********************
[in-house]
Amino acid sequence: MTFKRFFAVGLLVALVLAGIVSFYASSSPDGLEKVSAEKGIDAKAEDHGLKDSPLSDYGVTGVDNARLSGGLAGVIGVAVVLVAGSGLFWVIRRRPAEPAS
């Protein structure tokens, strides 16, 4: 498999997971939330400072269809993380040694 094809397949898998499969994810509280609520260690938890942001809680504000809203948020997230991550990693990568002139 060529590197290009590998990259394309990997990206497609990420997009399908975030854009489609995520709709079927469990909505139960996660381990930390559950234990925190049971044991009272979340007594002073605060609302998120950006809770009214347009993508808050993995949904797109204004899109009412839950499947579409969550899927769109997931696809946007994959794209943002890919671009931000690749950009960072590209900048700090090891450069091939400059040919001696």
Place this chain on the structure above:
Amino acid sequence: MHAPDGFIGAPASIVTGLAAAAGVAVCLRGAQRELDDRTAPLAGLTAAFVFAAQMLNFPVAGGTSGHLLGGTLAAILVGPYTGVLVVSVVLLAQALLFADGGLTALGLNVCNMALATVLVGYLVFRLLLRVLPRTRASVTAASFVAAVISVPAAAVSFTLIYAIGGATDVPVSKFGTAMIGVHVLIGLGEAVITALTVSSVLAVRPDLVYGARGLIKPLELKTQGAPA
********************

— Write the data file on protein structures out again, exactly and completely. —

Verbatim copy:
[in-house]
Amino acid sequence: MTFKRFFAVGLLVALVLAGIVSFYASSSPDGLEKVSAEKGIDAKAEDHGLKDSPLSDYGVTGVDNARLSGGLAGVIGVAVVLVAGSGLFWVIRRRPAEPAS
């Protein structure tokens, strides 16, 4: 498999997971939330400072269809993380040694 094809397949898998499969994810509280609520260690938890942001809680504000809203948020997230991550990693990568002139 060529590197290009590998990259394309990997990206497609990420997009399908975030854009489609995520709709079927469990909505139960996660381990930390559950234990925190049971044991009272979340007594002073605060609302998120950006809770009214347009993508808050993995949904797109204004899109009412839950499947579409969550899927769109997931696809946007994959794209943002890919671009931000690749950009960072590209900048700090090891450069091939400059040919001696």
Place this chain on the structure above:
Amino acid sequence: MHAPDGFIGAPASIVTGLAAAAGVAVCLRGAQRELDDRTAPLAGLTAAFVFAAQMLNFPVAGGTSGHLLGGTLAAILVGPYTGVLVVSVVLLAQALLFADGGLTALGLNVCNMALATVLVGYLVFRLLLRVLPRTRASVTAASFVAAVISVPAAAVSFTLIYAIGGATDVPVSKFGTAMIGVHVLIGLGEAVITALTVSSVLAVRPDLVYGARGLIKPLELKTQGAPA